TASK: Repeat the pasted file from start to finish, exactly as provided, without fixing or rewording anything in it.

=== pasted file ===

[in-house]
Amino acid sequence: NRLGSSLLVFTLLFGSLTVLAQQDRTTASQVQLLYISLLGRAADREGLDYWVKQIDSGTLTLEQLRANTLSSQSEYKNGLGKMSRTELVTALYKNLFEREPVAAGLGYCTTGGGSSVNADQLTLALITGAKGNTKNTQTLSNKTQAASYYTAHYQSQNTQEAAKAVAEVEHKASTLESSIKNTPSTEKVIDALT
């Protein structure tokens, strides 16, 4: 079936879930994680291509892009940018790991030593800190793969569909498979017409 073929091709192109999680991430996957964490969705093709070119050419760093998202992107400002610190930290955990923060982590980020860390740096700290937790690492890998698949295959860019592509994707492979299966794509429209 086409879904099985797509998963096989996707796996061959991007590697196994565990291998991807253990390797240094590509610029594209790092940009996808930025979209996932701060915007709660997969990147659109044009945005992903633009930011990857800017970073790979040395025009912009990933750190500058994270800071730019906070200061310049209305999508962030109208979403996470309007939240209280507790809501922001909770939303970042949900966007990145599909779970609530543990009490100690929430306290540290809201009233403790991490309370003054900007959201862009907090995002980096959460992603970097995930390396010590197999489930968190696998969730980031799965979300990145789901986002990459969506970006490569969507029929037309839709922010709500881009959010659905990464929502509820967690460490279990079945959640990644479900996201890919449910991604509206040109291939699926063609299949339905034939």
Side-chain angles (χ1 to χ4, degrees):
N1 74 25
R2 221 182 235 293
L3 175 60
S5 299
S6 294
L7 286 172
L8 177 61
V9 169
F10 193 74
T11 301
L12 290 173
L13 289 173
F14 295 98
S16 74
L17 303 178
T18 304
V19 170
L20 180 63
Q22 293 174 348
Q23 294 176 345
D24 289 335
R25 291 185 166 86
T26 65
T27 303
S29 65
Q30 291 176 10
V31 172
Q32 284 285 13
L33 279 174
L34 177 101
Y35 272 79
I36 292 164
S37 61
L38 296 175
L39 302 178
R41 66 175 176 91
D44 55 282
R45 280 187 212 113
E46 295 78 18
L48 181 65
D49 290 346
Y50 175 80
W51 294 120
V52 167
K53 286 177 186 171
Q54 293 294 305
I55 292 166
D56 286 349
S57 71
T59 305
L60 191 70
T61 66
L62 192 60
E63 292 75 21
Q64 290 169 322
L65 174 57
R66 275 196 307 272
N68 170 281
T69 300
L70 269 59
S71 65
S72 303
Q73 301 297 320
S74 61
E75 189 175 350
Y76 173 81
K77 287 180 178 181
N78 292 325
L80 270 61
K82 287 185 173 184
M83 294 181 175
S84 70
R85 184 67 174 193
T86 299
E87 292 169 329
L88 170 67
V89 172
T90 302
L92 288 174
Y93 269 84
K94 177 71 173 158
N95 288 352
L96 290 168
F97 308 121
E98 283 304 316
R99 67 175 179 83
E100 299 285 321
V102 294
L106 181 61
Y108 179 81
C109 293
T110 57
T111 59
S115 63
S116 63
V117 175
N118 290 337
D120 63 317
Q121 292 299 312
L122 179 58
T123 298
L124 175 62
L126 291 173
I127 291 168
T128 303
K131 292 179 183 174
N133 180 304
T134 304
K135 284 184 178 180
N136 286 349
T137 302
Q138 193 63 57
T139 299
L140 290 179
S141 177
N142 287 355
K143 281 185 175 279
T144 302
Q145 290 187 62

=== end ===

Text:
[in-house]
Amino acid sequence: NRLGSSLLVFTLLFGSLTVLAQQDRTTASQVQLLYISLLGRAADREGLDYWVKQIDSGTLTLEQLRANTLSSQSEYKNGLGKMSRTELVTALYKNLFEREPVAAGLGYCTTGGGSSVNADQLTLALITGAKGNTKNTQTLSNKTQAASYYTAHYQSQNTQEAAKAVAEVEHKASTLESSIKNTPSTEKVIDALT
């Protein structure tokens, strides 16, 4: 079936879930994680291509892009940018790991030593800190793969569909498979017409 073929091709192109999680991430996957964490969705093709070119050419760093998202992107400002610190930290955990923060982590980020860390740096700290937790690492890998698949295959860019592509994707492979299966794509429209 086409879904099985797509998963096989996707796996061959991007590697196994565990291998991807253990390797240094590509610029594209790092940009996808930025979209996932701060915007709660997969990147659109044009945005992903633009930011990857800017970073790979040395025009912009990933750190500058994270800071730019906070200061310049209305999508962030109208979403996470309007939240209280507790809501922001909770939303970042949900966007990145599909779970609530543990009490100690929430306290540290809201009233403790991490309370003054900007959201862009907090995002980096959460992603970097995930390396010590197999489930968190696998969730980031799965979300990145789901986002990459969506970006490569969507029929037309839709922010709500881009959010659905990464929502509820967690460490279990079945959640990644479900996201890919449910991604509206040109291939699926063609299949339905034939």
Side-chain angles (χ1 to χ4, degrees):
N1 74 25
R2 221 182 235 293
L3 175 60
S5 299
S6 294
L7 286 172
L8 177 61
V9 169
F10 193 74
T11 301
L12 290 173
L13 289 173
F14 295 98
S16 74
L17 303 178
T18 304
V19 170
L20 180 63
Q22 293 174 348
Q23 294 176 345
D24 289 335
R25 291 185 166 86
T26 65
T27 303
S29 65
Q30 291 176 10
V31 172
Q32 284 285 13
L33 279 174
L34 177 101
Y35 272 79
I36 292 164
S37 61
L38 296 175
L39 302 178
R41 66 175 176 91
D44 55 282
R45 280 187 212 113
E46 295 78 18
L48 181 65
D49 290 346
Y50 175 80
W51 294 120
V52 167
K53 286 177 186 171
Q54 293 294 305
I55 292 166
D56 286 349
S57 71
T59 305
L60 191 70
T61 66
L62 192 60
E63 292 75 21
Q64 290 169 322
L65 174 57
R66 275 196 307 272
N68 170 281
T69 300
L70 269 59
S71 65
S72 303
Q73 301 297 320
S74 61
E75 189 175 350
Y76 173 81
K77 287 180 178 181
N78 292 325
L80 270 61
K82 287 185 173 184
M83 294 181 175
S84 70
R85 184 67 174 193
T86 299
E87 292 169 329
L88 170 67
V89 172
T90 302
L92 288 174
Y93 269 84
K94 177 71 173 158
N95 288 352
L96 290 168
F97 308 121
E98 283 304 316
R99 67 175 179 83
E100 299 285 321
V102 294
L106 181 61
Y108 179 81
C109 293
T110 57
T111 59
S115 63
S116 63
V117 175
N118 290 337
D120 63 317
Q121 292 299 312
L122 179 58
T123 298
L124 175 62
L126 291 173
I127 291 168
T128 303
K131 292 179 183 174
N133 180 304
T134 304
K135 284 184 178 180
N136 286 349
T137 302
Q138 193 63 57
T139 299
L140 290 179
S141 177
N142 287 355
K143 281 185 175 279
T144 302
Q145 290 187 62